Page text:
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Estimating the Evidence

Estimating the Evidence, Episode 3: On an Improbable Dictation

It seems unlikely that Joseph Smith could write the Book of Mormon through the dictation process described by witnesses, or that he could have written it in some other way without leaving a trail of evidence.

Many critics seem convinced that Joseph could dictate the Book of Mormon without much trouble, and those who recognize the difficulty of the dictation process rely on him authoring the manuscript in secret—without leaving any evidence of that process.

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Estimating the Evidence, Episode 1: On Ages and Pages

It seems unlikely that a young man of Joseph Smith’s limited education could produce a book the length of the Book of Mormon as a first-time author.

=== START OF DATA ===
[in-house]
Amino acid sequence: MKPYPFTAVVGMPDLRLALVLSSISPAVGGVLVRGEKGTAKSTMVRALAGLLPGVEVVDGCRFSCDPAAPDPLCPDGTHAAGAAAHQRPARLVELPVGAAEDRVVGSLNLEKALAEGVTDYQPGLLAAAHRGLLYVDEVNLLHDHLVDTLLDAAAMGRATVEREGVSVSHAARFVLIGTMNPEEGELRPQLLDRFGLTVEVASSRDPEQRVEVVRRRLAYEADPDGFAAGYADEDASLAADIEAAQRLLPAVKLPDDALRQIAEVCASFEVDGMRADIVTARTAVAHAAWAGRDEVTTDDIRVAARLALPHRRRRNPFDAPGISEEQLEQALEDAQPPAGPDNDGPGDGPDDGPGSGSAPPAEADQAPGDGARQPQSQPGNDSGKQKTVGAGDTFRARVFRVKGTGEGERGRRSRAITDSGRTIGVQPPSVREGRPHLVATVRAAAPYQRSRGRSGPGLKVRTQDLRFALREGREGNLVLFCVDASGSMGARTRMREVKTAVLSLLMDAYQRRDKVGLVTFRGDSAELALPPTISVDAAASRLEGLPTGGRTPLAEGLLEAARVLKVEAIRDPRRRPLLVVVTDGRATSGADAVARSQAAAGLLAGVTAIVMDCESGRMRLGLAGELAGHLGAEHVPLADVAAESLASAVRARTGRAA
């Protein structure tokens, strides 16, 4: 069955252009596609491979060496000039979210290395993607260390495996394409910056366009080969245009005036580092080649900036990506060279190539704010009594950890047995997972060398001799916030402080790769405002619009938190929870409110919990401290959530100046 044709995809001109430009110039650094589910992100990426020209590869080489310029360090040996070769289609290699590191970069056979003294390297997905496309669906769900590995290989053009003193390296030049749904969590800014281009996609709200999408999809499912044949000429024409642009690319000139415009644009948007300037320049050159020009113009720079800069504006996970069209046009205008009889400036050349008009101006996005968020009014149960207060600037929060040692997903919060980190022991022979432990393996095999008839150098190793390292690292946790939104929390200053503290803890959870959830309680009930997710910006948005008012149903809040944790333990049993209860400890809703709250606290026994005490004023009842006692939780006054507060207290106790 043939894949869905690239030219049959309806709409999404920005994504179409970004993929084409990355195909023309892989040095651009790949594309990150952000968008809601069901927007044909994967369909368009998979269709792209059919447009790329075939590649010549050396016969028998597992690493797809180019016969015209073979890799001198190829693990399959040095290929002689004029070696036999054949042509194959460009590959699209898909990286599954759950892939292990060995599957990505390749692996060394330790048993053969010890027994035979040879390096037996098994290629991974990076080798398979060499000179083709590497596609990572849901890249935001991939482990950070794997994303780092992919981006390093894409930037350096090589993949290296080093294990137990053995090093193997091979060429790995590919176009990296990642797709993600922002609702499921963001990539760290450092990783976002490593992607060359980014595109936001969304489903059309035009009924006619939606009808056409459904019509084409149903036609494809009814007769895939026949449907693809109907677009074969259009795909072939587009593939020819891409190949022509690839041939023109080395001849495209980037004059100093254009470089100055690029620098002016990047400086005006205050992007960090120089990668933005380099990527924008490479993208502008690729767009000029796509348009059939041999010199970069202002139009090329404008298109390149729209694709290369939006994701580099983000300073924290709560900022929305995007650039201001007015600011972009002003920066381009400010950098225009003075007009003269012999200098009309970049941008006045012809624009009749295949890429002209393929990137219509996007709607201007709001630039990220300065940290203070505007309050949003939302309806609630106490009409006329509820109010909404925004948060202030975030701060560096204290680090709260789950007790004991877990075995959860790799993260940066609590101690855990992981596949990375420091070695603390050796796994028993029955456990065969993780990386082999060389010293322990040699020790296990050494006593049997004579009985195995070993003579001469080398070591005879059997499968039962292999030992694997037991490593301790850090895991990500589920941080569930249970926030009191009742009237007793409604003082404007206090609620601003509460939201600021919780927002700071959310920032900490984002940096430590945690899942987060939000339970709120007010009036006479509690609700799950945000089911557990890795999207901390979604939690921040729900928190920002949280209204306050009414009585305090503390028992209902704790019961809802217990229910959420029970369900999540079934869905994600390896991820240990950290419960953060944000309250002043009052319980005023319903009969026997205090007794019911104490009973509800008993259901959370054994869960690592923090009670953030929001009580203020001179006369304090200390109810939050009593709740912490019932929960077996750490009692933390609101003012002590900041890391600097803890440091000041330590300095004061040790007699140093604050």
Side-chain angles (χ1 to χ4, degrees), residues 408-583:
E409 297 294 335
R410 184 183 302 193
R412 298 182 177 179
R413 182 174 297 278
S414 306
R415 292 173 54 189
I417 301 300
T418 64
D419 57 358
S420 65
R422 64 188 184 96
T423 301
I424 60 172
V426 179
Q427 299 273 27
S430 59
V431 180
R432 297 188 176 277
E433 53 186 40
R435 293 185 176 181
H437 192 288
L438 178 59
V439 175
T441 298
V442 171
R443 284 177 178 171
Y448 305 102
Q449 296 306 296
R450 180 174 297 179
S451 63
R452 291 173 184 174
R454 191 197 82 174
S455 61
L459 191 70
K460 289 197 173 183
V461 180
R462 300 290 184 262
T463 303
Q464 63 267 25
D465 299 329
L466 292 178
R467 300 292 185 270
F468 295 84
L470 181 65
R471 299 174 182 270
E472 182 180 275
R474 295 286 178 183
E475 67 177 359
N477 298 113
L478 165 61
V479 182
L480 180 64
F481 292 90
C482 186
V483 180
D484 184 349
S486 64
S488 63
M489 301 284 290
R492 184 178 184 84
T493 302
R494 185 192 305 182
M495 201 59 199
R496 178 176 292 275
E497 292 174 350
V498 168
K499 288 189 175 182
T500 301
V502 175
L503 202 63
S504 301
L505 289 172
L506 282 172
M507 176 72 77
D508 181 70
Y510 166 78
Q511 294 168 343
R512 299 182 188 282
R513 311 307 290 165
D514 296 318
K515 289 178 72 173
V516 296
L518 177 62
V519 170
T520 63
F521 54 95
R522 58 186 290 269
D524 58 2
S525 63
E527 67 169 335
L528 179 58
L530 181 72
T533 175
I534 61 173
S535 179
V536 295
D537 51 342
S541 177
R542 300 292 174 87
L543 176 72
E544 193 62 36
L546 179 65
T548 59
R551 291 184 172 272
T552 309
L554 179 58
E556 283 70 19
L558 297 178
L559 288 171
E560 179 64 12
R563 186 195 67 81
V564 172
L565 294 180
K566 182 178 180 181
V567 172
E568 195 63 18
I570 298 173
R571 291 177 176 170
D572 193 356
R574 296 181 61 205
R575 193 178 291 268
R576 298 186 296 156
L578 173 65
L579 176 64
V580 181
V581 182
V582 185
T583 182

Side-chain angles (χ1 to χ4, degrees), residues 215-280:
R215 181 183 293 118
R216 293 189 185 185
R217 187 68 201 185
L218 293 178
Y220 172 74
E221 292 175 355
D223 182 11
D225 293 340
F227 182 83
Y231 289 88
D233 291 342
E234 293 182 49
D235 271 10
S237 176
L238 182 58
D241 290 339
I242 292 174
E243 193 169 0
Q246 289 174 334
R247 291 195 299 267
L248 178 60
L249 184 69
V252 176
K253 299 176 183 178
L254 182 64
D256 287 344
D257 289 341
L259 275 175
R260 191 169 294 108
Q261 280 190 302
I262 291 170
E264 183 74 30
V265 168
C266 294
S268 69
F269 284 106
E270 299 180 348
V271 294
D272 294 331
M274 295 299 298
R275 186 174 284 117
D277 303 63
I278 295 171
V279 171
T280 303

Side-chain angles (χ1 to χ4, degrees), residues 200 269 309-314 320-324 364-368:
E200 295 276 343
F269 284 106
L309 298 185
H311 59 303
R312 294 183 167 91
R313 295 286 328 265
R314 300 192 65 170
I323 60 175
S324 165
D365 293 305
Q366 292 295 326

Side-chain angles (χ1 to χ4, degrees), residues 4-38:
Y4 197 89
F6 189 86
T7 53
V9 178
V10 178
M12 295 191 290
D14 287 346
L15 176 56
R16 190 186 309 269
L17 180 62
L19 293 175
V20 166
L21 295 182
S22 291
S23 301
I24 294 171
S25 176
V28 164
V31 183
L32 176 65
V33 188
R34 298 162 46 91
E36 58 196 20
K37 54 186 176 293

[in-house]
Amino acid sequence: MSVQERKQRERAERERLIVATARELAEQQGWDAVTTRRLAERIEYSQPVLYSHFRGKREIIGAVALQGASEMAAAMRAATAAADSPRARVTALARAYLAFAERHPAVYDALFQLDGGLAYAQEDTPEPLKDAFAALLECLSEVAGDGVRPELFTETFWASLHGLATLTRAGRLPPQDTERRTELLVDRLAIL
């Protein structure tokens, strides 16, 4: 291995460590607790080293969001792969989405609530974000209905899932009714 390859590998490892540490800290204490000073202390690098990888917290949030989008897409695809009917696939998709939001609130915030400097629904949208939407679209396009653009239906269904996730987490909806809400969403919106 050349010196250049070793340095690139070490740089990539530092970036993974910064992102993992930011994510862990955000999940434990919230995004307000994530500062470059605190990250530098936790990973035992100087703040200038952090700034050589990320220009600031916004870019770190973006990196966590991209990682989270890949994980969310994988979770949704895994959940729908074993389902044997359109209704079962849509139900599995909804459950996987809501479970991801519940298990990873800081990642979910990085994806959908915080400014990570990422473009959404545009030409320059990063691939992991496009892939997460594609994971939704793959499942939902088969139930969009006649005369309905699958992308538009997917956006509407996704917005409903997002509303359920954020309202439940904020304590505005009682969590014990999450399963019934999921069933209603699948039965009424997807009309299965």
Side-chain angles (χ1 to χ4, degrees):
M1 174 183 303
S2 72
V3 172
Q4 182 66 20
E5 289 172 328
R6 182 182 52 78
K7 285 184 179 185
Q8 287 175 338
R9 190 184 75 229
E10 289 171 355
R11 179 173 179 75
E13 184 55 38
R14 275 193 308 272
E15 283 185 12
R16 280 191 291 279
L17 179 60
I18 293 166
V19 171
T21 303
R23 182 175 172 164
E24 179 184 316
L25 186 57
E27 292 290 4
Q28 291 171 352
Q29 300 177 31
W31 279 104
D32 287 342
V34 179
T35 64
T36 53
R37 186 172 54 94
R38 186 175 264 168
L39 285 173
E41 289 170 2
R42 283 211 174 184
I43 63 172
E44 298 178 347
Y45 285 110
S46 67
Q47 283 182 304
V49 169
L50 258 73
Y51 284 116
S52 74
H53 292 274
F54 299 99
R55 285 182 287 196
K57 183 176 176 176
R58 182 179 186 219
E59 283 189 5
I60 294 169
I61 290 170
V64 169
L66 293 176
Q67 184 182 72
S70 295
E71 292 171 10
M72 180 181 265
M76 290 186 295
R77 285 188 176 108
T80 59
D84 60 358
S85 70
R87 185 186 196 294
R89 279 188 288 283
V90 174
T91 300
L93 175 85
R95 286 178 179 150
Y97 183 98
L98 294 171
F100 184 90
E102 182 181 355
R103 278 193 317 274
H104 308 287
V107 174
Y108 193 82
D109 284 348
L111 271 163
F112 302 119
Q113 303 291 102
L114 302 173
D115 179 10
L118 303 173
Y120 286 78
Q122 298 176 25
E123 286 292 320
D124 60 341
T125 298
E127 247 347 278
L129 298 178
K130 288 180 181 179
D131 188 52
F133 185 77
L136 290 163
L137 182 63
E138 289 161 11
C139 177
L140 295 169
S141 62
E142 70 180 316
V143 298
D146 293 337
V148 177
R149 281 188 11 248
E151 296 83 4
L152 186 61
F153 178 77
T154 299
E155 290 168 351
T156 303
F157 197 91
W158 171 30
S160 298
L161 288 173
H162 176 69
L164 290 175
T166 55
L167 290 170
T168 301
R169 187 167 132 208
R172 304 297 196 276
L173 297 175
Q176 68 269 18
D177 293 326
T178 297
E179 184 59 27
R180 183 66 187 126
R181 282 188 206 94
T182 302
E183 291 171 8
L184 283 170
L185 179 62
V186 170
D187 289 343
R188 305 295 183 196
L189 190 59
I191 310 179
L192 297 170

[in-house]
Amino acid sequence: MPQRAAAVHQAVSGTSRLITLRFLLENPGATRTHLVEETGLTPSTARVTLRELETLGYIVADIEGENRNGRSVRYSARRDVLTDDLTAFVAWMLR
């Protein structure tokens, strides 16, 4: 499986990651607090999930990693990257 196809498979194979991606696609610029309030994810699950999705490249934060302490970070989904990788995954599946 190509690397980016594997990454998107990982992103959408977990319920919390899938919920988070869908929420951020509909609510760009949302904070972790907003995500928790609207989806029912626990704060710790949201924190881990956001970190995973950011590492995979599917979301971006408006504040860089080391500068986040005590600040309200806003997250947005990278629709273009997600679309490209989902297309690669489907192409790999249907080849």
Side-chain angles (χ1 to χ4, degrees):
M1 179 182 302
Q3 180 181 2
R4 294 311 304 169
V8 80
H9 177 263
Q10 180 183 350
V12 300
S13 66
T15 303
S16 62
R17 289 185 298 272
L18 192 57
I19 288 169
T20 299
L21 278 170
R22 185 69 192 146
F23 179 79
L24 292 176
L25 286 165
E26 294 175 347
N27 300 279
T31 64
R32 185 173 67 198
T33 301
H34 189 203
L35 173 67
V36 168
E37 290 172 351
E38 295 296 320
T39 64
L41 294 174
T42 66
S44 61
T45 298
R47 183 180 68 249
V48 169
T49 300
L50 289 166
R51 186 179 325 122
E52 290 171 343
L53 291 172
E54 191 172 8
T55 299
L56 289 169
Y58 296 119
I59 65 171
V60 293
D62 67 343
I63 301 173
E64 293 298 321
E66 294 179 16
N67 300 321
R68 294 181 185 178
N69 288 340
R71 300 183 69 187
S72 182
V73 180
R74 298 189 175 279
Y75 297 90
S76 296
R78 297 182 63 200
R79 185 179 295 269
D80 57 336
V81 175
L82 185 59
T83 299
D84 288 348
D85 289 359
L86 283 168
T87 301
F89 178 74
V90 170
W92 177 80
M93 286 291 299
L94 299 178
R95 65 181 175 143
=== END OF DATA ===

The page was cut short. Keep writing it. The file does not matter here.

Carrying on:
Joseph Smith is a definite outlier among the nineteenth-century’s great authors, even without considering the extraordinary content of the book itself. The estimated probability that someone of Joseph Smith’s age and education would publish a book the size of the Book of Mormon as their first work is p = .0006....

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Estimating the Evidence, Episode 2: On the Consistency of Visions

How can we expect to believe Joseph’s story when his accounts of the First Vision have so many inconsistencies?

In reality, even people who recount true stories will do so differently with each telling, and those stories aren’t much more consistent than for people who are telling lies. Taken as a whole, Joseph does add and omit a lot of material in his first-hand accounts, and there are some contradictions, but even if you stack the deck in favor of the critics, consistency just isn’t a great way to tell truth from error. ...

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